Five Charts Show Lurking Risks in China’s Economic Stabilization

  • Overall debt level rose as households took on more mortgages
  • Nation is more dependent on state-owned companies to invest

Assessing the Health of China's Economy

China’s economic stabilization has come at a cost.

While gross domestic product growth last year was smack in the middle of the government’s target, debt levels rose to even more stratospheric levels as households took on more mortgages to fuel a property boom. And the nation became more dependent on the cumbersome, inefficient state sector for investment as private companies eschewed spending.

"The good news is that Chinese growth has stabilized and I expect this to continue for 2017," said Tao Dong, senior advisor of private banking for Asia at Credit Suisse AG in Hong Kong "The bad news is that this is not organic growth. China needs to re-engage the investment interest from the private sector instead of relying on stimulus."

Here are five charts that show the risks lurking in Friday’s gross domestic product release:

The efficiency of credit has declined as each dollar of lending generated only about 30 cents of economic output for the past three years, highlighting concerns of stagnation as the burden of past borrowing piles up on businesses. Overall debt risks surged, according to a Bloomberg Intelligence gauge comparing outstanding aggregate financing and GDP.

"Stimulus worked and China hit its growth target for another year," Bloomberg Intelligence chief Asia economist Tom Orlik wrote in a note. "The greater focus for the markets though, is the price that was paid in unsustainable credit creation." Orlik estimates outstanding credit rose to about 264 percent of GDP last year.

The nation’s residents -- famous for working diligently and saving judiciously -- are learning to embrace credit. The ratio of domestic loans to households relative to GDP surged to 44.8 percent, almost double the 2009 level.

While that level pales in comparison with many developed nations, the speed of the increase is ringing alarm bells. Long-term new loans issued to households -- mostly mortgages -- almost doubled last year, spurring a housing boom that saw prices surge in major cities.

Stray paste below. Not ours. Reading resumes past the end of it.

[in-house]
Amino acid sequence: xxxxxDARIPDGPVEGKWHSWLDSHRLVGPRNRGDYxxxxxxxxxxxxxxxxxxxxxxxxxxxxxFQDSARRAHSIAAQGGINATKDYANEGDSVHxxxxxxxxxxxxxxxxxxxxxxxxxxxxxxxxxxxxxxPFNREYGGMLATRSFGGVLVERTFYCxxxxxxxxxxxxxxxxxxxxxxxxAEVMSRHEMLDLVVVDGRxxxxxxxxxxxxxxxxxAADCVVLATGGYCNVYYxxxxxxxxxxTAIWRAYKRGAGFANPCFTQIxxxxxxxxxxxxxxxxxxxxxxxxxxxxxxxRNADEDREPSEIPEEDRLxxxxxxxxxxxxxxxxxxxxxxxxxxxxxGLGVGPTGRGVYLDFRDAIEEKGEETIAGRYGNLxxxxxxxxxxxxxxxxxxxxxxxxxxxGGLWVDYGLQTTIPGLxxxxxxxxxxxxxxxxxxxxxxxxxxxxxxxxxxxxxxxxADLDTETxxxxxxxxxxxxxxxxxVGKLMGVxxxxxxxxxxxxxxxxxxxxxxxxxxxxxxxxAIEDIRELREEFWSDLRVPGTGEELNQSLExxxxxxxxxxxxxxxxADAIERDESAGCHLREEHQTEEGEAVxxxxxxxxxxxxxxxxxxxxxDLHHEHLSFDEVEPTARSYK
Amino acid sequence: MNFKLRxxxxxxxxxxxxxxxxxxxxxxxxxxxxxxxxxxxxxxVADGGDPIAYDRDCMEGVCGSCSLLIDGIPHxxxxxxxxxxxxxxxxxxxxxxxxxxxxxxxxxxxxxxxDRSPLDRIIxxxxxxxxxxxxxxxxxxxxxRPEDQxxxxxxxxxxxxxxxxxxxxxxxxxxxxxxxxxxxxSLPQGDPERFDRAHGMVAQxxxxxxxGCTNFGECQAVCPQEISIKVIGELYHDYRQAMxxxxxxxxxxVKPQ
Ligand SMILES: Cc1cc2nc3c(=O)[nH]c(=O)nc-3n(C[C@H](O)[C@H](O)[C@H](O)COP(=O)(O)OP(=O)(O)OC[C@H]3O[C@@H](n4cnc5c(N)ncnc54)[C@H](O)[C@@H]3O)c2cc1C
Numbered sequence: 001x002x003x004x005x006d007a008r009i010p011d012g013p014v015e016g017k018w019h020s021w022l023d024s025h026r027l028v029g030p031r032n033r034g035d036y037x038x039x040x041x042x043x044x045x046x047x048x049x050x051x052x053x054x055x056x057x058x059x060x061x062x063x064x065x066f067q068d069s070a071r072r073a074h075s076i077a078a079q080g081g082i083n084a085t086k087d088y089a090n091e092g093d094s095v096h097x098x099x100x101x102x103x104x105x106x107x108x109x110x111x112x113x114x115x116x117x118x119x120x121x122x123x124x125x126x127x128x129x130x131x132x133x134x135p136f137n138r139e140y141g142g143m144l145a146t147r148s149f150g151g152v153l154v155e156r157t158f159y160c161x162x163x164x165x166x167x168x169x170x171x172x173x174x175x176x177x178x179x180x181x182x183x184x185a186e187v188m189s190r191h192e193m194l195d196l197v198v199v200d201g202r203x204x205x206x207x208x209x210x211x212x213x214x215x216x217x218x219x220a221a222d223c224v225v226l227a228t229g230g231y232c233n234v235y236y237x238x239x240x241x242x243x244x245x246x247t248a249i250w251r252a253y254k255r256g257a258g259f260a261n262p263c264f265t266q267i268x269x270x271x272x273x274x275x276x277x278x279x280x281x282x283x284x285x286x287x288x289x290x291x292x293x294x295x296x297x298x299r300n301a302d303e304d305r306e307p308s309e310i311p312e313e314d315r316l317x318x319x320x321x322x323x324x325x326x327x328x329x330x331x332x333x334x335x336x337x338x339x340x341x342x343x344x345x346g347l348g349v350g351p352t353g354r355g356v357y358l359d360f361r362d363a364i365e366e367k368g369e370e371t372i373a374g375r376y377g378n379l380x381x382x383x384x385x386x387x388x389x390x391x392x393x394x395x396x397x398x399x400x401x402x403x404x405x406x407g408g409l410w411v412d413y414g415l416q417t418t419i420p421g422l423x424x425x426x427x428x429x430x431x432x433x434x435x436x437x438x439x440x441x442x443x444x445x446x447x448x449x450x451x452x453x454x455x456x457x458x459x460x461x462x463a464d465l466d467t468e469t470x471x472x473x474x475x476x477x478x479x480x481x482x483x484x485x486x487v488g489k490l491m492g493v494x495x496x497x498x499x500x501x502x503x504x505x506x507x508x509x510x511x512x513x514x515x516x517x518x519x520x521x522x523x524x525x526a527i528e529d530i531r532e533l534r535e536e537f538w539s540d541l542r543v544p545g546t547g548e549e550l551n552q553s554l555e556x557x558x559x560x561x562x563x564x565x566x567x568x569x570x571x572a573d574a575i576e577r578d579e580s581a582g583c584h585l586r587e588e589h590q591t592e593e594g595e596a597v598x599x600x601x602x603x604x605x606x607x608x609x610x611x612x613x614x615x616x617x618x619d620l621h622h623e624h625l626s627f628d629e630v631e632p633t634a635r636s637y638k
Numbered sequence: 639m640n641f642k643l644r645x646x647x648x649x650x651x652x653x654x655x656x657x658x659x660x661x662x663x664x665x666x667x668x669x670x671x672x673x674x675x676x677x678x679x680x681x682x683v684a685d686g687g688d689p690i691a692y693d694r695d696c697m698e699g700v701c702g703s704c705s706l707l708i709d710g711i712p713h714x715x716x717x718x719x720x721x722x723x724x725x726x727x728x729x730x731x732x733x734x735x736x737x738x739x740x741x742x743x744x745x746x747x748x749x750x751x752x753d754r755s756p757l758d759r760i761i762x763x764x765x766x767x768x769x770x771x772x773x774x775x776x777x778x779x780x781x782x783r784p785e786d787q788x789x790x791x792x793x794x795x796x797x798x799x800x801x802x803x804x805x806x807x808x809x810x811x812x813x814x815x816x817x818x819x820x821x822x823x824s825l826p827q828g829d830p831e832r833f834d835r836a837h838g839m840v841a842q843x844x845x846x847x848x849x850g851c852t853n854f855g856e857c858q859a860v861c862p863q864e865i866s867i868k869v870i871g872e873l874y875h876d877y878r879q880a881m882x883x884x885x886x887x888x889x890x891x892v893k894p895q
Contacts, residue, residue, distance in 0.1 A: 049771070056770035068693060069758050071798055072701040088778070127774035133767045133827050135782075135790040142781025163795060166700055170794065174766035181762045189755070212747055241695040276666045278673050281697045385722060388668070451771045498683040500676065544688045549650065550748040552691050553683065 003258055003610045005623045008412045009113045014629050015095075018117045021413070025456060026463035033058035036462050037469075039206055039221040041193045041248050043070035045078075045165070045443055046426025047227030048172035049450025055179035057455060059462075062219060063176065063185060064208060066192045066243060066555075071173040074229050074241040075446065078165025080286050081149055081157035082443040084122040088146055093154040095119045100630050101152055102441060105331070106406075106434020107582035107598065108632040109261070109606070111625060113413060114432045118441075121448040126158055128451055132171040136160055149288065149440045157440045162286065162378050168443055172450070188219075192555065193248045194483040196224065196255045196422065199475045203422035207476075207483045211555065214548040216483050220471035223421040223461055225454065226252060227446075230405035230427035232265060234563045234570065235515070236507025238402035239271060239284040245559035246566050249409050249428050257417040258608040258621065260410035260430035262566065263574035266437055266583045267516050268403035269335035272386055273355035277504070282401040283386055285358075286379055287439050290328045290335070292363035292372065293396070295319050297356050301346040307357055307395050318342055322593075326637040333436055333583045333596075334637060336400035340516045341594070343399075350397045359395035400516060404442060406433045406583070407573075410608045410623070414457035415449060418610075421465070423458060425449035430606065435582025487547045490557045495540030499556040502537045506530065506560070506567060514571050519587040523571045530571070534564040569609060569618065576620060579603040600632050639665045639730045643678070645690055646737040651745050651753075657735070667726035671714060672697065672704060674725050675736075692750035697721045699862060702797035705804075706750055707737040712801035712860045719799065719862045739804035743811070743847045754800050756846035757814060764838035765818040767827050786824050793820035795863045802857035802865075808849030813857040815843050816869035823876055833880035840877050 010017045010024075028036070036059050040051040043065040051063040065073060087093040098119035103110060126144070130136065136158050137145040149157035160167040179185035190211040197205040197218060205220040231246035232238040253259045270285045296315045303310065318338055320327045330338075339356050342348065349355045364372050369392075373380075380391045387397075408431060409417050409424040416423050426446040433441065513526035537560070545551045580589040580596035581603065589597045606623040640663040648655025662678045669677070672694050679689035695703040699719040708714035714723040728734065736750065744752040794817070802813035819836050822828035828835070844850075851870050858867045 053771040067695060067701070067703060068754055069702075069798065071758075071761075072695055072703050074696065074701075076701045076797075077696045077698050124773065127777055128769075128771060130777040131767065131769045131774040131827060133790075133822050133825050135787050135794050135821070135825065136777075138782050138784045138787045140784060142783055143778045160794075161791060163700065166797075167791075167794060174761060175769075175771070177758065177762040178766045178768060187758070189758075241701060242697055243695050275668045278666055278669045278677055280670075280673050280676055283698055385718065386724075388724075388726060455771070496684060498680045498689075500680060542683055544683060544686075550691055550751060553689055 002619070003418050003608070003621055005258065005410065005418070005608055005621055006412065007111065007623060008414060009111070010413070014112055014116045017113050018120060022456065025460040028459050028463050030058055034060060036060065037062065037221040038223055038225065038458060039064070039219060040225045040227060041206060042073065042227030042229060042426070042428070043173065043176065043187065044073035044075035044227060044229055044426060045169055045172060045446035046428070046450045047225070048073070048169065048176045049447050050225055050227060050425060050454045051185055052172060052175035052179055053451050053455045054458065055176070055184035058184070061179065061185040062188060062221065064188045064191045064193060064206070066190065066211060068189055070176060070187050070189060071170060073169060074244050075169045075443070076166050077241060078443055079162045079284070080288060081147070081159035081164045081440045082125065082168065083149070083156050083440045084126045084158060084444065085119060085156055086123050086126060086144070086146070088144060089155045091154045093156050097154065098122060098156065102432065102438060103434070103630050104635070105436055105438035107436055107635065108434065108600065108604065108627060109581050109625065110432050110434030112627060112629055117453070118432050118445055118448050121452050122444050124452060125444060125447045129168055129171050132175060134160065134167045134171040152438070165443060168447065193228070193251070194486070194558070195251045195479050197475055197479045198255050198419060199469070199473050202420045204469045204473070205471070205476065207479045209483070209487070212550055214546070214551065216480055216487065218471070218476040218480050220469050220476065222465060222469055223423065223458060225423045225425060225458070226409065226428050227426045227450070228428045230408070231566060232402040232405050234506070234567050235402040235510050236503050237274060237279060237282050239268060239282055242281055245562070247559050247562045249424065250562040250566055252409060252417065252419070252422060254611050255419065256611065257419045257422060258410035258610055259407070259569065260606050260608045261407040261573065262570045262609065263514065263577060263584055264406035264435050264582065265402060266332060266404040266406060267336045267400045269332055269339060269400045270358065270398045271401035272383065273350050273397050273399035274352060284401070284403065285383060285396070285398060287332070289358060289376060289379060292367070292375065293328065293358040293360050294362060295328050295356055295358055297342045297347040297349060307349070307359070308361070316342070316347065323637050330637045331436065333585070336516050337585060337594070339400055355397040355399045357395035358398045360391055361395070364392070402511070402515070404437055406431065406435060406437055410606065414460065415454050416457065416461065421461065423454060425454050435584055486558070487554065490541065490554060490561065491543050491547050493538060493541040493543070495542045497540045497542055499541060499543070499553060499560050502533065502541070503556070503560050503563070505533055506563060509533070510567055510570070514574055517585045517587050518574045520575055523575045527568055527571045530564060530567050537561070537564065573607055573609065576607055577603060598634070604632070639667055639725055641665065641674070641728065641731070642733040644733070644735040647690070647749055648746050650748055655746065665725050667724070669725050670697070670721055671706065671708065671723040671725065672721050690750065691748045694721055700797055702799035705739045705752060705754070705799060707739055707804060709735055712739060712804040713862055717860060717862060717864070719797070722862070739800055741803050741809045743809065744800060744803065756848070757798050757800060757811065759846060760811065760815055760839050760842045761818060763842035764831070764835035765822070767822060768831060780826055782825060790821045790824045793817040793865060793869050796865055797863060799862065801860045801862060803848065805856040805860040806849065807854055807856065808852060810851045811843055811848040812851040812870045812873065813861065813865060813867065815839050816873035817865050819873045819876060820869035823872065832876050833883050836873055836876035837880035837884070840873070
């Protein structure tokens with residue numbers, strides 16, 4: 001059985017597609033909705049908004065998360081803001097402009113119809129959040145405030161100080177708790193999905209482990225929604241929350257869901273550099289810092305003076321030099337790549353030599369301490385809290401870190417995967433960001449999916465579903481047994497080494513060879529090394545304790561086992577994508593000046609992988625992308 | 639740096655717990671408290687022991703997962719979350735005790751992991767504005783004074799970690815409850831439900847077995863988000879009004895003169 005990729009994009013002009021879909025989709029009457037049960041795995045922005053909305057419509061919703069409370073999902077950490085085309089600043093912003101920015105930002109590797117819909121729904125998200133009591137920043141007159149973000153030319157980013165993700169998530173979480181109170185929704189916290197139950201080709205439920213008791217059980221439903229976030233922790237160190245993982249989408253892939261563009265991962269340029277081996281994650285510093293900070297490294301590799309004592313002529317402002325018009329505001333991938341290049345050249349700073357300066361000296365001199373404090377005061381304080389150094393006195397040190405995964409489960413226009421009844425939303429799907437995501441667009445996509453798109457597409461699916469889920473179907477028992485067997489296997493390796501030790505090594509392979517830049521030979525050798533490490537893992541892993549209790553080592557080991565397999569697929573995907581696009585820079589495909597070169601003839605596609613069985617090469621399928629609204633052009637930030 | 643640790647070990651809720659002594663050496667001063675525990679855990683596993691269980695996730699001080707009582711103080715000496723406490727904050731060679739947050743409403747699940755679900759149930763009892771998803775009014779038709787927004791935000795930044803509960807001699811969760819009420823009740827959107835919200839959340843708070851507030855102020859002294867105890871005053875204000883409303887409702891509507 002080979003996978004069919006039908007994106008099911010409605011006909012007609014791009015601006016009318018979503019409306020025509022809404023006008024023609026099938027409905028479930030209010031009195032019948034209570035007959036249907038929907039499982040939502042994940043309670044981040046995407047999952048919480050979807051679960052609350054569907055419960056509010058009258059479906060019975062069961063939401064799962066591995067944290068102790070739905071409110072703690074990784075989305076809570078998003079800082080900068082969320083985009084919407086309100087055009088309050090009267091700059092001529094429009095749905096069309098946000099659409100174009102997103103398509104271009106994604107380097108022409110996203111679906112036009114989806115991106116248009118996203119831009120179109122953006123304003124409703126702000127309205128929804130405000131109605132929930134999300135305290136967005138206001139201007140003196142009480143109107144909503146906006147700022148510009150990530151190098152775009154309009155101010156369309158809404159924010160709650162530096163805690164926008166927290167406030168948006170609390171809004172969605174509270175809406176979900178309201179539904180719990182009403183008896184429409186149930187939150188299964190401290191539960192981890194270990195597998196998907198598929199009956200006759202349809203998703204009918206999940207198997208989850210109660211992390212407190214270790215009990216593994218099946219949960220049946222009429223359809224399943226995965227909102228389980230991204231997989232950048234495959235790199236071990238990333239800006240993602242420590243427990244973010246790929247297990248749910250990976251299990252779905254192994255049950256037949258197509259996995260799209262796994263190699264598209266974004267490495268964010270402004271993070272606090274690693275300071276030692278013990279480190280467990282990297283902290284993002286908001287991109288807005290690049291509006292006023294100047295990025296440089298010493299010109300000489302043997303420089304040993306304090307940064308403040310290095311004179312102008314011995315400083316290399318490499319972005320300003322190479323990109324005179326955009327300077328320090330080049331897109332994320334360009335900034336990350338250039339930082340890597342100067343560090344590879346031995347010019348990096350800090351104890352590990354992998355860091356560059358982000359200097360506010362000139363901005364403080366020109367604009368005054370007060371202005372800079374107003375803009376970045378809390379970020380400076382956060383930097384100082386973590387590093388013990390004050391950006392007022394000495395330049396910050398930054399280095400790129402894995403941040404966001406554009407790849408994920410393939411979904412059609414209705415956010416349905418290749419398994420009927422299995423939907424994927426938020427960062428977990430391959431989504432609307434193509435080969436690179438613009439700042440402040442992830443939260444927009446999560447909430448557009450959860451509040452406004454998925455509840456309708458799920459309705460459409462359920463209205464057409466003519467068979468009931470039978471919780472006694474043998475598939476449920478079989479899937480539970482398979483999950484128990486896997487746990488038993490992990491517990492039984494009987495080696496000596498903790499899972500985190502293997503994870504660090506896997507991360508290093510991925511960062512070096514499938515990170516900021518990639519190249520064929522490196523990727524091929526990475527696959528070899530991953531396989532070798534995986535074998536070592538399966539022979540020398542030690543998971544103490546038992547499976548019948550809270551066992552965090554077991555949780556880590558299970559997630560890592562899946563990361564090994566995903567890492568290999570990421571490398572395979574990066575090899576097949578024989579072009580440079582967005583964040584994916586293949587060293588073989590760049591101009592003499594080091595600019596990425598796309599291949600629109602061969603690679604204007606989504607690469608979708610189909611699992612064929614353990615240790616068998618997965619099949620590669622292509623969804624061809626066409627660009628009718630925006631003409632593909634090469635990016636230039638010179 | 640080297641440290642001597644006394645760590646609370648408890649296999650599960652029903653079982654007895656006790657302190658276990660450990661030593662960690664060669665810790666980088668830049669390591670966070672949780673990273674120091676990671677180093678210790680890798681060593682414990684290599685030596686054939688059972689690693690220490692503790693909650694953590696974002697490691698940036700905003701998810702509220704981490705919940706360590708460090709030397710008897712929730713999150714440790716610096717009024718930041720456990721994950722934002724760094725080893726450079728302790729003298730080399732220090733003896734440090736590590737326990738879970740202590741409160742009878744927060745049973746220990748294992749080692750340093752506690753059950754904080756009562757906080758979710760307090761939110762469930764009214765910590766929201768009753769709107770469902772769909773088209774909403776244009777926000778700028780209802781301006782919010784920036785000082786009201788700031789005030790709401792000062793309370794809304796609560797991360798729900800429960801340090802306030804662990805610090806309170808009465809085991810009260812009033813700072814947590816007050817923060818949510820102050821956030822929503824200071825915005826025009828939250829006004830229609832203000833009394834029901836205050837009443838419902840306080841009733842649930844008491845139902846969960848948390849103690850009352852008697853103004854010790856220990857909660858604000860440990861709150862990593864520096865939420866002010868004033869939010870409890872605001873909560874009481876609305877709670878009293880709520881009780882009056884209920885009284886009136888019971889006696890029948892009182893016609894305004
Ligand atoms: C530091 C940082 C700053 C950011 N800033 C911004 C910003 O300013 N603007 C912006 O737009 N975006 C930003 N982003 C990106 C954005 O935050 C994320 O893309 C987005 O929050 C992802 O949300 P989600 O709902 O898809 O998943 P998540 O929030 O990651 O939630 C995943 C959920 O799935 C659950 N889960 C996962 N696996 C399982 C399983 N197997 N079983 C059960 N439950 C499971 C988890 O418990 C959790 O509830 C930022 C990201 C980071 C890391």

And while people seem to be swiping their credit cards less -- new short-term loans to households declined for a third year -- Online peer-to-peer platforms have provided new ways to rack up debt, so it’s hard to get a clear picture of consumer credit.

Despite the housing market boom, the world’s second-largest economy actually became less dependent on real estate moguls. Fixed-asset investment in property development relative to GDP edged down for a second year after a 2014 peak. That doesn’t include the sector’s other contributions to the economy -- puffing up the paychecks of real estate brokers and fueling consumption in household items.

That lower reliance on development is a forward step in the nation’s rebalancing to more sustainable growth drivers. But in a step back, the state-owned sector expanded its role again as the government tried to pick up the slack from penny-pinching private companies.

Fixed-asset investment by state-owned companies increased to 28.6 percent of GDP last year, the highest since at least 2003. That spending rose 18.7 percent in 2016 from a year earlier, the fastest pace since 2009, when the nation rolled out a massive stimulus package in the wake of the global financial crisis.

China’s Gini coefficient, an internationally-recognized gauge of wealth disparity, edged up in 2016, snapping declines since 2008. 

That’s due to slower pension increases of low-income residents and declining receipts of rural residents who rely solely on farming, according to the head of the statistics bureau. Migrant workers from rural areas, usually at the bottom of the wage ladder, saw their income gains slow to 6.6 percent in 2016, from 7.2 percent in 2015.

With so many clouds circulating -- albeit with the silver lining of consumption-fueled stability for now -- China bears haven’t been dissuaded by its 6.7 percent full-year growth.

"What drove it is what has been driving everything of late: more borrowing and more ‘build it and don’t worry if they will ever come or not’ state investment," said Michael Every, head of financial markets research at Rabobank Group in Hong Kong. "The bill for that will fall due in time, and what GDP giveth, GDP will taketh away."

— With assistance by Xiaoqing Pi

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